The Whistlers

“Forget what I did in Bucharest. That was just for the security cameras.”

That bravura line, delivered by the very attractive Catrinel Marlon (as Gilda) kick-starts the engine of this spy thriller about Cristi (Vlad Ivanov, Snowpiercer, 4 Months, 3 Weeks, 2 Days), a man high up in the Romanian police who’s being recruited by a gang to help arrange a jailbreak. Who are they? Who are they breaking out? Are they the bad guys, or is the real bad guy the head of the Romanian police? Is Cristi a bad guy?


I don’t think he’s gonna be forgetting it.

Damned if I know.

This is the kind of moody, somewhat murky crime film that has nothing but antiheroes in a quasi-police-state setting (I have no idea if Romania is but you sort of suspect a movie about a police state can’t actually be made in a police state) and dares you to care about the proceedings. As a heist movie, it has the curious gimmick of Cristi being taken to the Canary Islands to learn the whistling language of the Guanches. This will allow the team to coordinate in a way without the authorities knowing.

We end up kind of liking Cristi: At first because he seems to be the lone man against the power of the state, and then later because he seems to have some kind of compass. Though he’s not an honest cop—honest cops don’t survive—his sins are venial compared to those of his boss and the cutthroats who have roped him into this scheme. He’s enamored of Gilda—because of course—and although she discourages him (apart from that thing in Bucharest), his affection for her (and the subsequent decent actions he takes) gives you something to hang on to at the movie’s climax where a bunch of people kill a bunch of other people, and you mostly think, “Well, good.”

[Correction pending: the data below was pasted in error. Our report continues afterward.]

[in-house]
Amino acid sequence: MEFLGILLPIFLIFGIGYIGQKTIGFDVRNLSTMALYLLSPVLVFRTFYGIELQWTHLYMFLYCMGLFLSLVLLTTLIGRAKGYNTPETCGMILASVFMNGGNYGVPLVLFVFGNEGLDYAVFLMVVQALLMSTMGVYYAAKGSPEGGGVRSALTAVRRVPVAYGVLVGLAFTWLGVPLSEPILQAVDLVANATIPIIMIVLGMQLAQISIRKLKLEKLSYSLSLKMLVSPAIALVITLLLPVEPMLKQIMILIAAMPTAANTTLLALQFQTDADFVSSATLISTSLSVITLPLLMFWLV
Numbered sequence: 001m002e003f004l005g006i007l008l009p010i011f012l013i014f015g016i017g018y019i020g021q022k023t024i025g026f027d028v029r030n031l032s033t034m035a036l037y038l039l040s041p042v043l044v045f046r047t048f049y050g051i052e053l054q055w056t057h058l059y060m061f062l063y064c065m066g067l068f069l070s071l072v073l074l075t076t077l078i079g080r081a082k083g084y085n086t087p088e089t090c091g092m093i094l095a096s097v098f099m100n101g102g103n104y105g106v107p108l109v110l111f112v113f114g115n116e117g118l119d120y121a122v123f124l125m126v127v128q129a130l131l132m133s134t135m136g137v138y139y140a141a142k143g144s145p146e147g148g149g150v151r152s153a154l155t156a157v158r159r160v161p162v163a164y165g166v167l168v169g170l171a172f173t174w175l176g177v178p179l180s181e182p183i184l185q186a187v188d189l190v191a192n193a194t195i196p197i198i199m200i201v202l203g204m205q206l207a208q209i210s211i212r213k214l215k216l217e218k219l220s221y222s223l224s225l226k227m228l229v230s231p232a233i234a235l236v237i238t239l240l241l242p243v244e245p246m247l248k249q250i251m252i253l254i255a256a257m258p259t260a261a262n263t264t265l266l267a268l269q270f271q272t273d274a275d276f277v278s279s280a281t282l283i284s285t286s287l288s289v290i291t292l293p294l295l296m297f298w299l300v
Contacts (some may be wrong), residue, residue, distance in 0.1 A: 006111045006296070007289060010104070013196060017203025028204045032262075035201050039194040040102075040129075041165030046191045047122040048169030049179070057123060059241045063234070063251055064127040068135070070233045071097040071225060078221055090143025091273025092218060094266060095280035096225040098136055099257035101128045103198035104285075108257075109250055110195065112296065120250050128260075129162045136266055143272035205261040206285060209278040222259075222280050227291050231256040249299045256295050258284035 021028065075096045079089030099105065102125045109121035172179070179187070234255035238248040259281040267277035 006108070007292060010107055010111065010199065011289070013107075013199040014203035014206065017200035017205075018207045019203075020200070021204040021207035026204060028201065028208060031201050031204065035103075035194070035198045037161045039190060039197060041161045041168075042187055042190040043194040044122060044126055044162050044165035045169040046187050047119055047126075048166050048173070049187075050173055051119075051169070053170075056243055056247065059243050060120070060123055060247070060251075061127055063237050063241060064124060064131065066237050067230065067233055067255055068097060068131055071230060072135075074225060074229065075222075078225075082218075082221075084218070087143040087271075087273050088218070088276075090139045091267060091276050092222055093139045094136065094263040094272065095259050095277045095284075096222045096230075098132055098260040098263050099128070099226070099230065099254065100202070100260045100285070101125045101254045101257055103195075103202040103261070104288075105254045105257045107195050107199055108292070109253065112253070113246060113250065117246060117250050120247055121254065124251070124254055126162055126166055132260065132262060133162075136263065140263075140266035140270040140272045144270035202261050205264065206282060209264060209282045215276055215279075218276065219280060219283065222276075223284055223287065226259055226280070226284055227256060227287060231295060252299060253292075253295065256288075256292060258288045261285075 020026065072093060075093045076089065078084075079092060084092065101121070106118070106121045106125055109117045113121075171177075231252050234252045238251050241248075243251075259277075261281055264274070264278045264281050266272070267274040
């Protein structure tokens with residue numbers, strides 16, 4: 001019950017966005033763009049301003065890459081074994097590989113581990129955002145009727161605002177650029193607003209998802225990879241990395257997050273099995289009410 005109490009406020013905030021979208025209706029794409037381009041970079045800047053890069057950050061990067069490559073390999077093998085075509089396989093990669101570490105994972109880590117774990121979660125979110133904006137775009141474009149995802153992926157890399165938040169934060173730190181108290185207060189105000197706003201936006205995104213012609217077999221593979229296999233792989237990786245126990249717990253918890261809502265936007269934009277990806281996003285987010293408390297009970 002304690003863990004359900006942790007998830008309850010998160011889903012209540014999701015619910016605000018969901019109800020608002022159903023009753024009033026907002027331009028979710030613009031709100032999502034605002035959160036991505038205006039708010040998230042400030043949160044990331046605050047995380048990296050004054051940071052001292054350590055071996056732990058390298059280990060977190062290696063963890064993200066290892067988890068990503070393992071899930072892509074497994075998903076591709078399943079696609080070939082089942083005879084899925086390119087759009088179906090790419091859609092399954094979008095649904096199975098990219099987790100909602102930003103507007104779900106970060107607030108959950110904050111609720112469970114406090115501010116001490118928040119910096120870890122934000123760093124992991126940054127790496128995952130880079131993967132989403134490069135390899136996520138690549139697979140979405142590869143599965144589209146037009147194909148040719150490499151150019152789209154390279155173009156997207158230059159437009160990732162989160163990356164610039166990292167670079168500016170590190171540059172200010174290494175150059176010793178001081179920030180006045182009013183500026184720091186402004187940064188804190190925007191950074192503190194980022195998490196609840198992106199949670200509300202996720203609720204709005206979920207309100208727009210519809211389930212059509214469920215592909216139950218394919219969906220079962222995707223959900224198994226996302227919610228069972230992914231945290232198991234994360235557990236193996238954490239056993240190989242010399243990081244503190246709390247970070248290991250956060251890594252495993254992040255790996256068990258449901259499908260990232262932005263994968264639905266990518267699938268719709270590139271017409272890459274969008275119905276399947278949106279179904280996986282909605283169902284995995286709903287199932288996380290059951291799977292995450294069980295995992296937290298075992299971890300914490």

"There were natives there called 'Guanches'..."

“The Grand Canary Islands, the first land to which they came, they slaughtered all the canaries there that gave the land it’s name…”

You can sometimes get a sense from the tone of the film how it’s going to end up, and I was concerned we were going to go through the whole journey with, “And then they all died. Because real, man.” But the ending is satisfying and puts a cap on the whole premise of the film, so I liked it. The Boy also liked it.

We both agreed that it wasn’t quite the great film the critics had made it out to be.

As a side note, the film has a sex scene, and I was a little shocked by that, which brought to mind how things had changed over the decades. It’s interesting how uncommon that has become in films where—all kidding aside—the nekkidity is not absolutely essential to the plot, as Joe Bob Briggs would say. In this case, it really was.

Lovely but menacing.

Except for the expression on her face, this could be a travelogue.

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